The Food:
The chips were perfect. The salsa, beautifully, refreshingly fresh with a slight, but noticeable sweat inducing bite to it. Not overpoweringly hot, just right on that narrow edge between pleasure and discomfort. You know the sensation, right?
We gobbled them down, all three of us love this part of a Mexican meal.
Carlos returned with our drinks, one tea and two Diet Dr. Peppers. He carefully took our orders making sure and rechecking that he had it right. His accent had a thickness to it but we managed just fine. I'm currently learning to speak a foreign language myself, I know how difficult it can be, the nuances and oddly shaped syllables. The answer to your question is of course, 'Icelandic.'
Not really a handy language to know, there are only about 300,000 native speakers of it and almost all of them also speak English.
This was not helpful with Carlos, I got the impression that he was not Icelandic. My perfectly practiced "Hvað segir þú gott?" just bounced right off of him.

I'd researched the menu beforehand so the choice was pretty much made already. Angel and Adam didn't struggle long either.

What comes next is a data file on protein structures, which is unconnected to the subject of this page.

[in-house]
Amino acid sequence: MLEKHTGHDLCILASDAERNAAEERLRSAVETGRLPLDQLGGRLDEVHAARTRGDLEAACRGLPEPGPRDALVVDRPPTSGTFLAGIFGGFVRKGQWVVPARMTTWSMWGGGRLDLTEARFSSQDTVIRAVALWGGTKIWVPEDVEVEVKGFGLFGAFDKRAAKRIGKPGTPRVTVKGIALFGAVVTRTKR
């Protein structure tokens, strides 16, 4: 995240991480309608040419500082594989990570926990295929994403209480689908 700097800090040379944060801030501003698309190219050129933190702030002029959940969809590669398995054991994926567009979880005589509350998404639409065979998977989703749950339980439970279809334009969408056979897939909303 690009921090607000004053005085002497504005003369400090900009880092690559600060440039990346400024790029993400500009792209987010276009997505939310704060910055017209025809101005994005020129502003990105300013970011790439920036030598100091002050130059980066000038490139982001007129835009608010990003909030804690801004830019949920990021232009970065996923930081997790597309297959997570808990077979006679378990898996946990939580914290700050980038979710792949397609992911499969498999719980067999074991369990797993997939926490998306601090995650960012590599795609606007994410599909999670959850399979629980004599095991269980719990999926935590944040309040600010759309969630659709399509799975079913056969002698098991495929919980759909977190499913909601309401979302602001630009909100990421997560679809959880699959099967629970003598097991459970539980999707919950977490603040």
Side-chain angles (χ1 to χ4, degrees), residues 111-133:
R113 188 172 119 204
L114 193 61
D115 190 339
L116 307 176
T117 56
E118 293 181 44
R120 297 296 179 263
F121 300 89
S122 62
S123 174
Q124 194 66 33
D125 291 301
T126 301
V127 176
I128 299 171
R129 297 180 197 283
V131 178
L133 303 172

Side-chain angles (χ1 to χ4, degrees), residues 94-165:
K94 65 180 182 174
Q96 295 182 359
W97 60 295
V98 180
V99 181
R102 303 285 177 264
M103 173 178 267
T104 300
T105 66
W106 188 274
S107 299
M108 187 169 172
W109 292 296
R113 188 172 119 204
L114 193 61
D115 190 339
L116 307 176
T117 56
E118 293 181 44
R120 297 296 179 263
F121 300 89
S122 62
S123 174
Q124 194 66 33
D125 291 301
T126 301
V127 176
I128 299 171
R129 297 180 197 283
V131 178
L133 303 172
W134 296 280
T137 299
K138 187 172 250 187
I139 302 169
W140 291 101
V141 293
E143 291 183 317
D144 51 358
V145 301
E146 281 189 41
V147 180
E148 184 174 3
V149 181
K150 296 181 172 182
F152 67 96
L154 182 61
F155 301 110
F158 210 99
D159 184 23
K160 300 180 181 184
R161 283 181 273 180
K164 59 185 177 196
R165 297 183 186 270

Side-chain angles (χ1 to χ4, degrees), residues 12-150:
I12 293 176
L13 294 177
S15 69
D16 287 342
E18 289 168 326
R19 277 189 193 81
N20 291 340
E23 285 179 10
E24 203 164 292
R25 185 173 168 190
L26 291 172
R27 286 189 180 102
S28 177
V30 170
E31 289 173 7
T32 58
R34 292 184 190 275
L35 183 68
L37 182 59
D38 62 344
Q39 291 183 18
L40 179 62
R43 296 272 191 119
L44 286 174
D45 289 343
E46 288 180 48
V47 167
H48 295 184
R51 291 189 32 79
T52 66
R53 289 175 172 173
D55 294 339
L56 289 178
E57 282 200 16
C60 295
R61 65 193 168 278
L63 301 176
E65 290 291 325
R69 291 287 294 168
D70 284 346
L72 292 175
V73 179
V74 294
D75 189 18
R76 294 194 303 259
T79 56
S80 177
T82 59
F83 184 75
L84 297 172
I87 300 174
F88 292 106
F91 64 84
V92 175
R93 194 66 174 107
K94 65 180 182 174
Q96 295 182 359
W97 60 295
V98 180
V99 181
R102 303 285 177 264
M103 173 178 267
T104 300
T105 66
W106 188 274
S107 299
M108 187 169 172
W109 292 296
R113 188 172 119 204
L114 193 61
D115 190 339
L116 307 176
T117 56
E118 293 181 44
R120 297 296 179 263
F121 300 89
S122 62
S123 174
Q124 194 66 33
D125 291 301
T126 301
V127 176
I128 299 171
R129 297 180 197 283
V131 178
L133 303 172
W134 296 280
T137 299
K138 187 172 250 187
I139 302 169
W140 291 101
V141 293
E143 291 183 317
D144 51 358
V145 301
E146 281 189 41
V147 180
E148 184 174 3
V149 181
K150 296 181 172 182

Me: Combo; one chicken enchilada and two beef flautas. The combo came with beans, rice and a 'corn cake'. I ordered the flautas specifically so I could say 'flautas'* out loud and write it several times. It's not what you think. Flautas is Spanish for 'flute'. It is a wheat wrap rolled into a long cylinder shape, filled with. . . something, then fried.
Adam: Chipotle Chicken Chimichanga.
Angel: Steak and shrimp. This was weird and surprising. On Saturday I'd commandeered the kitchen and prepared us a five course dinner. Grilled steak and shrimp, garlic toast, salad and roasted potatoes. She loved it, there was even enough left over for her to have steak and shrimp for Sunday lunch as well.
This was to be her third steak and shrimp meal in a row. I guess I'd really dialed in on her tastes. . .
Then the Si Senor staff made a mistake. Angel's plate was delivered in just a few minutes.
Have you ever gone to lunch or dinner with people from work and you all order but the food comes out in incomplete batches? Someone, usually me, is stuck sitting there at a blank spot on the table while everyone else politely watches, as their lobsters start to approach room temperature waiting for every one else's food to arrive. . .